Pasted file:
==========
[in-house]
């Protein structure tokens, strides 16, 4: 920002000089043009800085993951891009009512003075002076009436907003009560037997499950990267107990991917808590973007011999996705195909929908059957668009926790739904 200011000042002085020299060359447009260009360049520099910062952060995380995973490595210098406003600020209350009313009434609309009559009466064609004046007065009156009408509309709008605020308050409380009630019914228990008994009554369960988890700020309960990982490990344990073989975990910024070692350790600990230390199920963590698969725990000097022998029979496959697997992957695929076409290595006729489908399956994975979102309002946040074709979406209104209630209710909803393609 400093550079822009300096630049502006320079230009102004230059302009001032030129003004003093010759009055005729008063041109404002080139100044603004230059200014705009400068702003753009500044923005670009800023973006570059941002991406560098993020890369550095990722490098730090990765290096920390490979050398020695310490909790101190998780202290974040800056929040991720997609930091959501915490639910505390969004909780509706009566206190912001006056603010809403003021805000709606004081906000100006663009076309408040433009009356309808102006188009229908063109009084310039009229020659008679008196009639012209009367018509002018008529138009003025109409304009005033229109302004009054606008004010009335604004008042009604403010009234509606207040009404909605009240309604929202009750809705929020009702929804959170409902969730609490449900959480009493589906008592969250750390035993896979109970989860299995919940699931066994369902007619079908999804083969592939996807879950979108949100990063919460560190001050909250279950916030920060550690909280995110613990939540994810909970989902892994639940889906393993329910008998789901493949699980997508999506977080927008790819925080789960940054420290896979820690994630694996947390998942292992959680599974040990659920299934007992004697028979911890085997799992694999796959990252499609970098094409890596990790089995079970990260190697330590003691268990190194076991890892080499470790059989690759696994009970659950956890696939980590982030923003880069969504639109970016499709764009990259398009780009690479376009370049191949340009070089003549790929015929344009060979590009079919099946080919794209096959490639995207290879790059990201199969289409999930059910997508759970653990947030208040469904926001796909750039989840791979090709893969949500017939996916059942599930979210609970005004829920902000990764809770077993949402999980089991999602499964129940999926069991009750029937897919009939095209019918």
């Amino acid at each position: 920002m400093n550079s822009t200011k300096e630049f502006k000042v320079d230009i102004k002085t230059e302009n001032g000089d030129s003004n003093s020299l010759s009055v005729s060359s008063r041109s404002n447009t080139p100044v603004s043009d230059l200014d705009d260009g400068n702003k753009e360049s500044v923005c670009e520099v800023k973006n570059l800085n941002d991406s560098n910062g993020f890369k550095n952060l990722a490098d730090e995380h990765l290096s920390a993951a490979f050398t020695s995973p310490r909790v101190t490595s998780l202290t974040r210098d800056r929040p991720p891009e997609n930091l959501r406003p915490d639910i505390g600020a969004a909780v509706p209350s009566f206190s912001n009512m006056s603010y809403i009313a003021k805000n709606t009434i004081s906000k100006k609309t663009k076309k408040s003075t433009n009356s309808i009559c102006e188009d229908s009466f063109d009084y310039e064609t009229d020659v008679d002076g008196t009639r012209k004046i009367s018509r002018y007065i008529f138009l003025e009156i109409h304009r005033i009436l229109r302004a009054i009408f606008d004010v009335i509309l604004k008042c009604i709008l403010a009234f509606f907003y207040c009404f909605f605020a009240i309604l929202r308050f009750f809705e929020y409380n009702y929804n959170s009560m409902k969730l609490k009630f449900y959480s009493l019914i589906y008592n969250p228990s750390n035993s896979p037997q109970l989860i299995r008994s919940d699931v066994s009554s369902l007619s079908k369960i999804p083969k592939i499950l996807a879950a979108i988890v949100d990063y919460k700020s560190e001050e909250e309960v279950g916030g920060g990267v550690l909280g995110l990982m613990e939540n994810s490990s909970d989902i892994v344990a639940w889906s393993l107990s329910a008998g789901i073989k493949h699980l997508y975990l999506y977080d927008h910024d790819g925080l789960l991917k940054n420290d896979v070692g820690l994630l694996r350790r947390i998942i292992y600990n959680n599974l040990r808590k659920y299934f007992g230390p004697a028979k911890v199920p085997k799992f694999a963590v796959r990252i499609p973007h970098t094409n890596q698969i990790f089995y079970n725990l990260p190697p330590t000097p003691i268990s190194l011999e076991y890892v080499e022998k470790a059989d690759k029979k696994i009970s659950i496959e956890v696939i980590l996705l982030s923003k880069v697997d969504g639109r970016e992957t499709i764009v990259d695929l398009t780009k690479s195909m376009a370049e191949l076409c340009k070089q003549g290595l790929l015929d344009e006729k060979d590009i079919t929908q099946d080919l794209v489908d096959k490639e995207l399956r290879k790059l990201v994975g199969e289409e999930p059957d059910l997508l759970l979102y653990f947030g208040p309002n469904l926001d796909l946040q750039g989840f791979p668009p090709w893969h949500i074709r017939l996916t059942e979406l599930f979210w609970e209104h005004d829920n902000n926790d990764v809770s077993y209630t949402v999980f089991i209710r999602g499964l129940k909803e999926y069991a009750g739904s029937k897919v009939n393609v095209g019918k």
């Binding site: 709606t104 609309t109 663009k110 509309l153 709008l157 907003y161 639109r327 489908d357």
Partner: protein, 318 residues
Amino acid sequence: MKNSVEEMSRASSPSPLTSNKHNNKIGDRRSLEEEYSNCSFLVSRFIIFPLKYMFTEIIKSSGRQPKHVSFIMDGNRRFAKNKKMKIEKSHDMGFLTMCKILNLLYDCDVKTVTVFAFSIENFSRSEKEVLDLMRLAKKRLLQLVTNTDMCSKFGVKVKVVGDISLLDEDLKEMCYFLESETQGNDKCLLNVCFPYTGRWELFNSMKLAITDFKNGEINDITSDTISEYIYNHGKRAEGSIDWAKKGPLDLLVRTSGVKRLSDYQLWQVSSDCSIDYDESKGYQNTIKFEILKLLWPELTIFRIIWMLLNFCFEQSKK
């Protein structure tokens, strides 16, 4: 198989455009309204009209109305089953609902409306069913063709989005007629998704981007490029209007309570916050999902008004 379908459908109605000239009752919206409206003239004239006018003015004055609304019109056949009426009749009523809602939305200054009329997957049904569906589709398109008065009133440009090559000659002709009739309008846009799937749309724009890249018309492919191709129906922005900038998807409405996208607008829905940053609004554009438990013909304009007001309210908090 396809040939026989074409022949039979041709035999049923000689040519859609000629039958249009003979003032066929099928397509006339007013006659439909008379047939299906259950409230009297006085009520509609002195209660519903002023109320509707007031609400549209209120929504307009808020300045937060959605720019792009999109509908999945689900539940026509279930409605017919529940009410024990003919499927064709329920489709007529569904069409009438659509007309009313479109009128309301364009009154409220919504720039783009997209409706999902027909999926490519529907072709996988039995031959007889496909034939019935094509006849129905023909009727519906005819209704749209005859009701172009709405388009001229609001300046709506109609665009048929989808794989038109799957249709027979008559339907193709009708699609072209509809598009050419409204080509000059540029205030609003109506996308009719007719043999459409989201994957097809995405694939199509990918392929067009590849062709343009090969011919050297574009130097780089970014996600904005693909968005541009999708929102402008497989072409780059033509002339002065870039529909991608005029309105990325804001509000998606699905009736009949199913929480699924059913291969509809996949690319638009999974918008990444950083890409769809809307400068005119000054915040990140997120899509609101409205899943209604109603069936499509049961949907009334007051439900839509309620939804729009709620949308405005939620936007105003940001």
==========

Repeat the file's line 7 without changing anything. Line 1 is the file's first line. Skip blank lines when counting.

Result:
């Protein structure tokens, strides 16, 4: 198989455009309204009209109305089953609902409306069913063709989005007629998704981007490029209007309570916050999902008004 379908459908109605000239009752919206409206003239004239006018003015004055609304019109056949009426009749009523809602939305200054009329997957049904569906589709398109008065009133440009090559000659002709009739309008846009799937749309724009890249018309492919191709129906922005900038998807409405996208607008829905940053609004554009438990013909304009007001309210908090 396809040939026989074409022949039979041709035999049923000689040519859609000629039958249009003979003032066929099928397509006339007013006659439909008379047939299906259950409230009297006085009520509609002195209660519903002023109320509707007031609400549209209120929504307009808020300045937060959605720019792009999109509908999945689900539940026509279930409605017919529940009410024990003919499927064709329920489709007529569904069409009438659509007309009313479109009128309301364009009154409220919504720039783009997209409706999902027909999926490519529907072709996988039995031959007889496909034939019935094509006849129905023909009727519906005819209704749209005859009701172009709405388009001229609001300046709506109609665009048929989808794989038109799957249709027979008559339907193709009708699609072209509809598009050419409204080509000059540029205030609003109506996308009719007719043999459409989201994957097809995405694939199509990918392929067009590849062709343009090969011919050297574009130097780089970014996600904005693909968005541009999708929102402008497989072409780059033509002339002065870039529909991608005029309105990325804001509000998606699905009736009949199913929480699924059913291969509809996949690319638009999974918008990444950083890409769809809307400068005119000054915040990140997120899509609101409205899943209604109603069936499509049961949907009334007051439900839509309620939804729009709620949308405005939620936007105003940001």